Chapter 16:10-18 (ESV) - “One who is faithful in a very little is also faithful in much, and one who is dishonest in a very little is also dishonest in much. If then you have not been faithful in the unrighteous wealth, who will entrust to you the true riches? And if you have not been faithful in that which is another's, who will give you that which is your own? No servant can serve two masters, for either he will hate the one and love the other, or he will be devoted to the one and despise the other. You cannot serve God and money.”
The Pharisees, who were lovers of money, heard all these things, and they ridiculed him. And he said to them, “You are those who justify yourselves before men, but God knows your hearts. For what is exalted among men is an abomination in the sight of God. “The Law and the Prophets were until John; since then the good news of the kingdom of God is preached, and everyone forces his way into it. But it is easier for heaven and earth to pass away than for one dot of the Law to become void. Everyone who divorces his wife and marries another commits adultery, and he who marries a woman divorced from her husband commits adultery.”
Question to consider: Why did the Pharisees ridicule Jesus?
Yesterday we went through the parable of the shrewd business manager. It was the fourth in a series of parables that Luke listed in which Jesus was speaking to crowds of people while the Pharisees listened in. In each of them, He chastised the Pharisees for their lack of mercy for the lost sheep of Israel. Instead of investing spiritually into those they looked at as sinners, they relied on the “unrighteous wealth” of their traditions and hypocritical works.
But if they were not even able to live up to their own traditions and could not even recognize their own Messiah, how could they be entrusted with the true riches of Christ’s righteousness? They would either love the glory that came from being a Pharisee with all of its financial benefits and power, or humble themselves, take up their cross and follow Christ. There was not room for both.
Luke stated that the Pharisees ridiculed Jesus because they were lovers of money, but Jesus called them out for the phonies they were, for they put on a holy show to justify themselves before the people, but God knew who they really were and what they really worshiped. Men might have exalted them and treated them as special for their large phylacteries and lengthy prayers, but God saw their works as an abomination.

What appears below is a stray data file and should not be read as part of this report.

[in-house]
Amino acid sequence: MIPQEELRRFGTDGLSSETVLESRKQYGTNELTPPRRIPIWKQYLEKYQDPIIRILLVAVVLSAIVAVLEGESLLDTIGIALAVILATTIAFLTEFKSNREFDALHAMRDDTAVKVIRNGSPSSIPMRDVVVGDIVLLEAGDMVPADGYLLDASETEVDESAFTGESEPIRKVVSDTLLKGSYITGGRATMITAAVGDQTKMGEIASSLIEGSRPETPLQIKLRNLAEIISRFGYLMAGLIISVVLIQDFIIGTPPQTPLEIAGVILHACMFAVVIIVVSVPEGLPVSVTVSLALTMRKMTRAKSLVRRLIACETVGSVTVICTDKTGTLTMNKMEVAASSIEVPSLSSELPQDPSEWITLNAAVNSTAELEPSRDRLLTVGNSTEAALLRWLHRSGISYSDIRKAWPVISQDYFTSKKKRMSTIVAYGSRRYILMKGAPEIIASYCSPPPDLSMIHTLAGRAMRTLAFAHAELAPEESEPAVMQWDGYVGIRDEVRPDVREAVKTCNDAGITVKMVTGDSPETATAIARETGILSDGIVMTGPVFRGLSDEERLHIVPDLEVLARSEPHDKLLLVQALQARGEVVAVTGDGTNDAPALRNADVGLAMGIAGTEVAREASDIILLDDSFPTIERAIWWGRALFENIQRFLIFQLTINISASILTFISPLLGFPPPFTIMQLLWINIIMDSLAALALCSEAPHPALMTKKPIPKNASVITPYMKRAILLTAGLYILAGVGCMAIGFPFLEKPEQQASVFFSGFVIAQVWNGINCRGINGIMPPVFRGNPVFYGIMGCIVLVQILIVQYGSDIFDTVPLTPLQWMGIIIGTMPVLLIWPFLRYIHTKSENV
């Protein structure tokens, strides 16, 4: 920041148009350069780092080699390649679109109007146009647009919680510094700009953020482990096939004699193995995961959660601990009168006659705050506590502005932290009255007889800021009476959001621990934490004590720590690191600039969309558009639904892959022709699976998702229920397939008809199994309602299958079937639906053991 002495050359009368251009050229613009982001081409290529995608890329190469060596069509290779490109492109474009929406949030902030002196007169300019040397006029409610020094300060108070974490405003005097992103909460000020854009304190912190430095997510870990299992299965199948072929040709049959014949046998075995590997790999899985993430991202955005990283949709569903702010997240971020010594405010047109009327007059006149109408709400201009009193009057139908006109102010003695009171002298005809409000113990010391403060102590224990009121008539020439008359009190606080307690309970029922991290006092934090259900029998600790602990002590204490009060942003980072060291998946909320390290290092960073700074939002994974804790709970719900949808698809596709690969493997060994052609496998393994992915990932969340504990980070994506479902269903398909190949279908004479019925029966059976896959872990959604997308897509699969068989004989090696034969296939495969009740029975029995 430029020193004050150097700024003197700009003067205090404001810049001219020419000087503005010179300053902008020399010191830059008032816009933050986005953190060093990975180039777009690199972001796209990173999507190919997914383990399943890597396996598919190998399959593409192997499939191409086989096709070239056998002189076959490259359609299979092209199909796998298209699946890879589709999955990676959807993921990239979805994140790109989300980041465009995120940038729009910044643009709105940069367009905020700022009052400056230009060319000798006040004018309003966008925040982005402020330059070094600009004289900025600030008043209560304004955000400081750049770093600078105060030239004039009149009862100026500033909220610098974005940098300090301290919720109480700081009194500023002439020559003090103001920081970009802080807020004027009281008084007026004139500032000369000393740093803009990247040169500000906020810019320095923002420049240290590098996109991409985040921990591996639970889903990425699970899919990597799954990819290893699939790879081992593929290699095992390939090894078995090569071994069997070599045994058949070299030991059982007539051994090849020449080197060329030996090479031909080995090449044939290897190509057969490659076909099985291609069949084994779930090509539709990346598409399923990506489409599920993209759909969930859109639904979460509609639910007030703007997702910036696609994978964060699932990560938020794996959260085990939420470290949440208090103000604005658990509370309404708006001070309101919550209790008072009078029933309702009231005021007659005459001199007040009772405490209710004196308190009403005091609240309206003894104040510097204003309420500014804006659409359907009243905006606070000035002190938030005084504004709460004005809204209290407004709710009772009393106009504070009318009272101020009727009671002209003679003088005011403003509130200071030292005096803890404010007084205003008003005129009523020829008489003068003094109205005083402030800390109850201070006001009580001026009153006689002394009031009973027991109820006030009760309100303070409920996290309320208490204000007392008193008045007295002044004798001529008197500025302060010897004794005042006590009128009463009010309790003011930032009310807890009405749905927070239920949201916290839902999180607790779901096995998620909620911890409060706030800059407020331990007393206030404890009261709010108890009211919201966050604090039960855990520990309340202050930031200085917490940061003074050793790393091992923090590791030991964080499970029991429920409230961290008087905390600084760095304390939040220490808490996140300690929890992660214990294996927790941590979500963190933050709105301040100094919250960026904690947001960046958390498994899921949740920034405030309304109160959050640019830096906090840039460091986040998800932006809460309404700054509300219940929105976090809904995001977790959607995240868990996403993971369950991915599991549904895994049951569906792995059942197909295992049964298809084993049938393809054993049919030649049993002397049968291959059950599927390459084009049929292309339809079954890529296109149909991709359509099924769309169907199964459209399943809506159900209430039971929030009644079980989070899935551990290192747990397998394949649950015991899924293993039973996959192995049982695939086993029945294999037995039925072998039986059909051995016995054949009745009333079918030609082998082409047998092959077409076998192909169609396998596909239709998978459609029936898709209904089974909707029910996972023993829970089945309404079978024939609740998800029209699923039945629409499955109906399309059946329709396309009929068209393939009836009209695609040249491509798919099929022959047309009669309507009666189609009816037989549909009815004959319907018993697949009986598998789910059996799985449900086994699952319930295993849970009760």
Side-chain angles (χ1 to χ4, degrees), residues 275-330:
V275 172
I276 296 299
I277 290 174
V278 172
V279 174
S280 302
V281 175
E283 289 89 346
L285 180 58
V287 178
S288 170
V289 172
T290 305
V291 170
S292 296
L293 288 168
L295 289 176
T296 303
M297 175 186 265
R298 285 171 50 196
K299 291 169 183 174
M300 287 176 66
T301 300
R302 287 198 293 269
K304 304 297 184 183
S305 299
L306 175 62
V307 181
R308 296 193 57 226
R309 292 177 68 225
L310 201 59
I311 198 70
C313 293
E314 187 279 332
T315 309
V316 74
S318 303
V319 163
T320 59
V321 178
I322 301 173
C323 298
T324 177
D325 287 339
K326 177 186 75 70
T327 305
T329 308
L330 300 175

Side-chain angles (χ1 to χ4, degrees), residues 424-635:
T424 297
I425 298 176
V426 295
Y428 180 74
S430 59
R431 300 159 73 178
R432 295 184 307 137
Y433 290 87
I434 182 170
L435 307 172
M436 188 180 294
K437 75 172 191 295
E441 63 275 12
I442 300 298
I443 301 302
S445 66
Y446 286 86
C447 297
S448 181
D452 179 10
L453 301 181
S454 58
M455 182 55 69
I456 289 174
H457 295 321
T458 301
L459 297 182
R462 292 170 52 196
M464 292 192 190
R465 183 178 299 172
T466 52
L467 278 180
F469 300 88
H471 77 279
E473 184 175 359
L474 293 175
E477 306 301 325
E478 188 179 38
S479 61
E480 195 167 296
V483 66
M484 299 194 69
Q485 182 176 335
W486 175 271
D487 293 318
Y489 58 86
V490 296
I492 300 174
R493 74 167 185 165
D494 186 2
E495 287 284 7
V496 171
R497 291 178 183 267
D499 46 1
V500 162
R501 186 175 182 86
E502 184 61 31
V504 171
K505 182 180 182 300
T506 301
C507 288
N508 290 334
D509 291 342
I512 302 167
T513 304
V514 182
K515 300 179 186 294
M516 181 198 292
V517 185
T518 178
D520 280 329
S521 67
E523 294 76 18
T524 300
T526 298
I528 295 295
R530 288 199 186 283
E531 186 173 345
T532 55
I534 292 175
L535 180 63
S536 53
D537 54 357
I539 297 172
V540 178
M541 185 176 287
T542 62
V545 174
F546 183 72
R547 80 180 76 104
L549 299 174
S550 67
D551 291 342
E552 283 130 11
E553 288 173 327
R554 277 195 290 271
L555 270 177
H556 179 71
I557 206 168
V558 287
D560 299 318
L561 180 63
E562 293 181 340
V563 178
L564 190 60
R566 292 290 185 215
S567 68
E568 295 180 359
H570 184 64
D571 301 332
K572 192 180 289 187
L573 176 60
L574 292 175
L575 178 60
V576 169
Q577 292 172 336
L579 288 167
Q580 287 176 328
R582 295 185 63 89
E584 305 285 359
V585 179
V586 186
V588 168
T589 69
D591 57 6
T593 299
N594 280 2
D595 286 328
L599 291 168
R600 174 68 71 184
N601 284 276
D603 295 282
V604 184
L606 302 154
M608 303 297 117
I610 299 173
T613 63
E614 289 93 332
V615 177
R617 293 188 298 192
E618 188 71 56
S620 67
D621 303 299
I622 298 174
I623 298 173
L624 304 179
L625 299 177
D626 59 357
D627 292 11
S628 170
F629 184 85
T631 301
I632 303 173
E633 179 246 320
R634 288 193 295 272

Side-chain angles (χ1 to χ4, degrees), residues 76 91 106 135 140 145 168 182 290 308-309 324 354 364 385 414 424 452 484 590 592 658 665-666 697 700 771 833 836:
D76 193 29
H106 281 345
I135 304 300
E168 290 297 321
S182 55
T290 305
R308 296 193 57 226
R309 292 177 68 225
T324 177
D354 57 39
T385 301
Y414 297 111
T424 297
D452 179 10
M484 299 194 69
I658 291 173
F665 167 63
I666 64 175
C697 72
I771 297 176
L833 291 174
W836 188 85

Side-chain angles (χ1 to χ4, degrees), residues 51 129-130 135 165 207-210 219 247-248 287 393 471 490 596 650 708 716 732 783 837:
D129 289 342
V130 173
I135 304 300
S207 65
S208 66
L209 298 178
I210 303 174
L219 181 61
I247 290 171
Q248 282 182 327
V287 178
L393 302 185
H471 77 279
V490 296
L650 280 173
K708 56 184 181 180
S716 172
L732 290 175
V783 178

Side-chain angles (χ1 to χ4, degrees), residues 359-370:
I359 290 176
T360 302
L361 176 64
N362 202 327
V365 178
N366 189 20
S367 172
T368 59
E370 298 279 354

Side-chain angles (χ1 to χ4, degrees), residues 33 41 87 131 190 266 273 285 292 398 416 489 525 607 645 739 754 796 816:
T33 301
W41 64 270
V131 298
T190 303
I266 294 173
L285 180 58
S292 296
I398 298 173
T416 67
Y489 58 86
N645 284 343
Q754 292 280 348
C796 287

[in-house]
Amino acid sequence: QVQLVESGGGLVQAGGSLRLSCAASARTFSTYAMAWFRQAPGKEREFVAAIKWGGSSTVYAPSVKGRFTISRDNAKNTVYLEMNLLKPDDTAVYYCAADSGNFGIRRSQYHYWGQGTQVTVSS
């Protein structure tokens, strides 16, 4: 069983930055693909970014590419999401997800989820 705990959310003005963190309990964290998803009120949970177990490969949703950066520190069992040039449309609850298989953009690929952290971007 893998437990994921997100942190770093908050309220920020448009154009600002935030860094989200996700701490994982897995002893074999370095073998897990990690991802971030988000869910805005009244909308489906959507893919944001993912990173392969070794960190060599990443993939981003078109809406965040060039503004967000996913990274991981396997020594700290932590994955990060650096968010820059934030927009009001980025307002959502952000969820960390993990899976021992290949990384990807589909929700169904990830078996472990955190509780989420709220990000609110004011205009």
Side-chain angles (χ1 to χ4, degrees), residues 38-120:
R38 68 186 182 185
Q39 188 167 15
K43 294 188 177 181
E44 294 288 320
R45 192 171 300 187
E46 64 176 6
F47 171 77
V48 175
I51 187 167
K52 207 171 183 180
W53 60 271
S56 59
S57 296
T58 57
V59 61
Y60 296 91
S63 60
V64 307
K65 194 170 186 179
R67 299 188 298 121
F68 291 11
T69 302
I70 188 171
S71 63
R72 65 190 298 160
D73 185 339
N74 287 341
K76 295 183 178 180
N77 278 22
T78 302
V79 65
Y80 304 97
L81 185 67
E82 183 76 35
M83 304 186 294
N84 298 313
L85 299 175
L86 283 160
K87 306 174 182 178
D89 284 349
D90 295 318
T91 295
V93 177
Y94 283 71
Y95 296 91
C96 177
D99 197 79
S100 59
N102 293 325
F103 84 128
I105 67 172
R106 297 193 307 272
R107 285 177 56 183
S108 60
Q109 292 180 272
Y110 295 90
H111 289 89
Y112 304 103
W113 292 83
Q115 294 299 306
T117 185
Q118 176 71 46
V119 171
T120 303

Jesus’ statement about the Law and the Prophets being until John meant that as soon as Jesus came on the scene, He forcefully urged people into the kingdom of God. They were to enter by faith in Him and not their own failed attempts at righteousness.
The translation puts a header between verses 17 and 18 as if they were different statements. It would seem rather odd if they were so I included the statement about divorce with the rest of the paragraph. When kept together as part of the same statement, Jesus would be saying you either enter the kingdom of God by His forceful hand, or you attempted to keep the whole law yourself, but they had already failed to do that because they allowed for divorce within their own congregations. In fact, if you look at Matthew 19:3-9, they try to trap Jesus on this matter of divorce saying they allowed it because Moses let them write a writ of divorce, but Jesus said Moses only allowed for it because of the hardness of their hearts. Thus, they’d failed at keeping the whole law and needed to repent and rely on Him.
Jesus would prove His point about the hardness of their hearts in the story told in tomorrow’s study.
Dear Lord, thank You for giving us the shove we needed to enter Your glorious kingdom by paying the penalty for our sin on the cross. We ask that you soften the hearts of those who don’t know You so that they may humbly submit to Your mighty reign. Please continue to give us ears to hear Your word. Amen.